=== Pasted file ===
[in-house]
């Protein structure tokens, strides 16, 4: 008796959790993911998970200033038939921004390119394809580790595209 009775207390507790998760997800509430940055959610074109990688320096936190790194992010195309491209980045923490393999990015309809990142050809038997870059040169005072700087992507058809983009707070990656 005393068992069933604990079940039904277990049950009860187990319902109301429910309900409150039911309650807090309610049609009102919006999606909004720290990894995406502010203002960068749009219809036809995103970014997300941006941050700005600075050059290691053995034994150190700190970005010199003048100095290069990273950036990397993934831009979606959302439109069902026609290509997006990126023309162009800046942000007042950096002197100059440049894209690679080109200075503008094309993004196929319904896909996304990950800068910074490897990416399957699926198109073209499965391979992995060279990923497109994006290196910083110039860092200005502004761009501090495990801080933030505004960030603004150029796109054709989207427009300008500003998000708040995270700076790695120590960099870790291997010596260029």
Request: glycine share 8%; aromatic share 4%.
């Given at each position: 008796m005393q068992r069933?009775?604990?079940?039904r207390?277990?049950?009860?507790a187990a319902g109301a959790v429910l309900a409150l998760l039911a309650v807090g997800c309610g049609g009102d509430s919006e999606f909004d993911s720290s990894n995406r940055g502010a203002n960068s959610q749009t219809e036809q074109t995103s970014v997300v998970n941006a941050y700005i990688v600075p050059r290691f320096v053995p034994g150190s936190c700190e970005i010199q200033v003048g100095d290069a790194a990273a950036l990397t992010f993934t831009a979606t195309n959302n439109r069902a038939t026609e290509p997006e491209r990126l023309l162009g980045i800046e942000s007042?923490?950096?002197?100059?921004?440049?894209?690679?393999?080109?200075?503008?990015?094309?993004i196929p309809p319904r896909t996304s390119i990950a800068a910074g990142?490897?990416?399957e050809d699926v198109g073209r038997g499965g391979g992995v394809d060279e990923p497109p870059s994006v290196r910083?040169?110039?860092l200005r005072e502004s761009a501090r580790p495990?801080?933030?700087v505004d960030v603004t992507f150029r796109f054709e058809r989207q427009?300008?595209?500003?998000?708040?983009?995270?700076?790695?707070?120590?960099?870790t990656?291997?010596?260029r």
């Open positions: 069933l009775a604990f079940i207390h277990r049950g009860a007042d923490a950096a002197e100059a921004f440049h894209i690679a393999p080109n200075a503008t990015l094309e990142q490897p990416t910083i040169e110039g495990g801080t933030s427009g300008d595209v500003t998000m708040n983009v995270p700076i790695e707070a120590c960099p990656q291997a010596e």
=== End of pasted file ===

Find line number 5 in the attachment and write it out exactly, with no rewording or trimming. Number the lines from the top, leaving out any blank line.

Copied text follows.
């Open positions: 069933l009775a604990f079940i207390h277990r049950g009860a007042d923490a950096a002197e100059a921004f440049h894209i690679a393999p080109n200075a503008t990015l094309e990142q490897p990416t910083i040169e110039g495990g801080t933030s427009g300008d595209v500003t998000m708040n983009v995270p700076i790695e707070a120590c960099p990656q291997a010596e």